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U.S. Department of Health and Human Services

FDA Poisonous Plant Database

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AUTHOR(S): Anonymous
TITLE: Reducing livestock losses from lupine poisoning in the western states.
YEAR: 1958 CITATION: U S Dep Agric Pamphlet, PA-325(), 3 pp [English]
FDA #: F05010
ABSTRACT: Article: Many species of lupines grow on grazing lands in the United States. Not all of them are poisonous to livestock. The following table lists the most poisonous species of lupines. common name/botanical Name/Distribution Silky lupine/Lupinus sericeus/MT, SD, WY, ID, OR, WA Velvet lupine/L. leucophyllus/OR, ID, UT, WY Silvery lupine/L. argenteus/ND, Wy, CO, NM, AR, UT, ID Tailcup lupine/L. caudatus/OR, NV, CA, ID, UT, WY Perennial lupine/L. perennis/ME to MN south to FL & LA Sheep are poisoned by feeding on lupines; other animals are seldom poisoned. Losses may be especially heavy when hungry animals are trailed through lupine ranges in the late summer. Sheep are occasionally poisoned by eating plants that have been cut and dried. Poisonous lupines are dangerous from the time they start growth in the spring until they dry up in the fall. Most of them are especially dangerous in the late summer, when the pods form. The pods and seeds may retain their poisonous properties after the plants have matured. The toxic substances in lupines are alkaloids. Where and When it Grows: These plants grow on desert and mountain ranges, on sagebrush and aspen areas, and on foothills. The five species listed above are perennials (some lupines are annuals); they usually start growth fairy early in the spring, flower in June, and form seeds in July and August. How It Affects Livestock: The amount of lupine necessary to kill an animal varies with the plant species. An animal may eat comparatively large quantities of the plant without injury, if it does not eat a toxic dose at any one time. The following are symptoms of lupine poisoning: 1. Nervousness, 2. Reluctance to follow the band, 3. Difficulty in breathing, 4. Frothing at the mouth, 5. Convulsions, 6. Coma. How to Reduce Livestock Losses: Sheep will seldom eat a toxic dose of lupine if satisfactory forage is available. Losses can be reduced by keeping hungry animals away from lupine patches in the late summer, when the plant is highly toxic, and from dense plant stands at all times. Supplemental feeding is beneficial, especially when trailing animals through lupine ranges. There is no effective treatment for lupine poisoning, and eradication of the plant is practicable only in small isolated areas. Good results can be obtained by spraying the plants with a herbicide, such as 2,4-D or 1,4,5-T. To be effective, the treatment must be continued for 2 or 3 years, or until eradication s completed.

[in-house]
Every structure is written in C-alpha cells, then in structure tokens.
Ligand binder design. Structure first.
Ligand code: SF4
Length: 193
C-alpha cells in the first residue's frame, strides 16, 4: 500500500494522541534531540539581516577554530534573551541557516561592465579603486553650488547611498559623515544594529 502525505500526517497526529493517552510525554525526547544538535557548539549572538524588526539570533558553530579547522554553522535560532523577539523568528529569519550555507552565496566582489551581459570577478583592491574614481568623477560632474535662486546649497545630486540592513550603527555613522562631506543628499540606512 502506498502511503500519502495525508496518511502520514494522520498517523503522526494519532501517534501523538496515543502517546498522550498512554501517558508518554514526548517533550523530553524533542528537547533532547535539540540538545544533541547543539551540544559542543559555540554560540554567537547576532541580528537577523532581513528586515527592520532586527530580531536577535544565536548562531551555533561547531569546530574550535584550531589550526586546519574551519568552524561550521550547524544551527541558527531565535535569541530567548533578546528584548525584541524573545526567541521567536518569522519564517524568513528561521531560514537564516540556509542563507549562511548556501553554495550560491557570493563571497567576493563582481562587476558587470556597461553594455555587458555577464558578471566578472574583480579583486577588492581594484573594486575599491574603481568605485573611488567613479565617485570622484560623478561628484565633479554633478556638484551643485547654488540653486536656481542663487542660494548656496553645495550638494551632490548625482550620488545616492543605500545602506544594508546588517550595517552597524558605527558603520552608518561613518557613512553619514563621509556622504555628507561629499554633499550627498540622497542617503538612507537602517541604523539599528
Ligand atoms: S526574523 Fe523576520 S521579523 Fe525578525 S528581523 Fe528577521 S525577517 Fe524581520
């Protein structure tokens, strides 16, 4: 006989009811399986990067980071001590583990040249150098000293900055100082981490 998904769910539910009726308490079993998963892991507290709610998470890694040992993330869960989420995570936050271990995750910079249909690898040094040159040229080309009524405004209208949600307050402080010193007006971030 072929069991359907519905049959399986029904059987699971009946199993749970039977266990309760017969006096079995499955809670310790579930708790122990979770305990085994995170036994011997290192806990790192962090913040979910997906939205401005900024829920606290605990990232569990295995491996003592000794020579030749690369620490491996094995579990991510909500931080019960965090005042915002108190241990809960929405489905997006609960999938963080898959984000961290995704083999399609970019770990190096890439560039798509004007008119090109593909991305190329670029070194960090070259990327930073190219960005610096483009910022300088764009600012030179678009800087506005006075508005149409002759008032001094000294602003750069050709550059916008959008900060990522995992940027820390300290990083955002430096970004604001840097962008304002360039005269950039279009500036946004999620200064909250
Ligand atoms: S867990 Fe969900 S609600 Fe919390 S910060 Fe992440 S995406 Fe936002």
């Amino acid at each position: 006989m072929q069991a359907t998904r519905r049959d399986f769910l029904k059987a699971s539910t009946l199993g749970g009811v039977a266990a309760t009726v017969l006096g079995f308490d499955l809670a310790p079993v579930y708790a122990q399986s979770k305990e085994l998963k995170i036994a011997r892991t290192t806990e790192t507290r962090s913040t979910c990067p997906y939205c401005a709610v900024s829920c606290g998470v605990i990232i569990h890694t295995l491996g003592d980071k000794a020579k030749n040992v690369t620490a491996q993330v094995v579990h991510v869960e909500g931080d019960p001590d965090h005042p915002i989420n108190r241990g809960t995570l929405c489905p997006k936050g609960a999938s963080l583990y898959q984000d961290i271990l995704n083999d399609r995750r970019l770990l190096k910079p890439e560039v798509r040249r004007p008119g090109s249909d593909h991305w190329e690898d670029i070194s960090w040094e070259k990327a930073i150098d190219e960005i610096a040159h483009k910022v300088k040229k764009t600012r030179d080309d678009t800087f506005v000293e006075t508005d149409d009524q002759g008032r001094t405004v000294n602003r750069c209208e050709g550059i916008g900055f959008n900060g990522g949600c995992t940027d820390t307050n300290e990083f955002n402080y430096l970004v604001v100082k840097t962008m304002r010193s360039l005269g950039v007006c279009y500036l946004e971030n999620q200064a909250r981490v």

GRIN #: 22809 Exit Disclaimer
COMMON NAME
STANDARD COMMON NAME
FAMILYFabaceae
LATIN NAMELupinus argenteus
STANDARD PLANT NAMELupinus argenteus Pursh
GRIN #: 403052 Exit Disclaimer
COMMON NAME
STANDARD COMMON NAME
FAMILYFabaceae
LATIN NAMELupinus caudatus
STANDARD PLANT NAMELupinus argenteus Pursh var. heteranthus (S. Watson) Barneby
GRIN #: 22833 Exit Disclaimer
COMMON NAME
STANDARD COMMON NAME
FAMILYFabaceae
LATIN NAMELupinus leucophyllus
STANDARD PLANT NAMELupinus leucophyllus Douglas ex Lindl.
GRIN #: 22852 Exit Disclaimer
COMMON NAME
STANDARD COMMON NAME
FAMILYFabaceae
LATIN NAMELupinus perennis
STANDARD PLANT NAMELupinus perennis L.
GRIN #: 22905 Exit Disclaimer
COMMON NAME
STANDARD COMMON NAME
FAMILYFabaceae
LATIN NAMELupinus sericeus
STANDARD PLANT NAMELupinus sericeus Pursh
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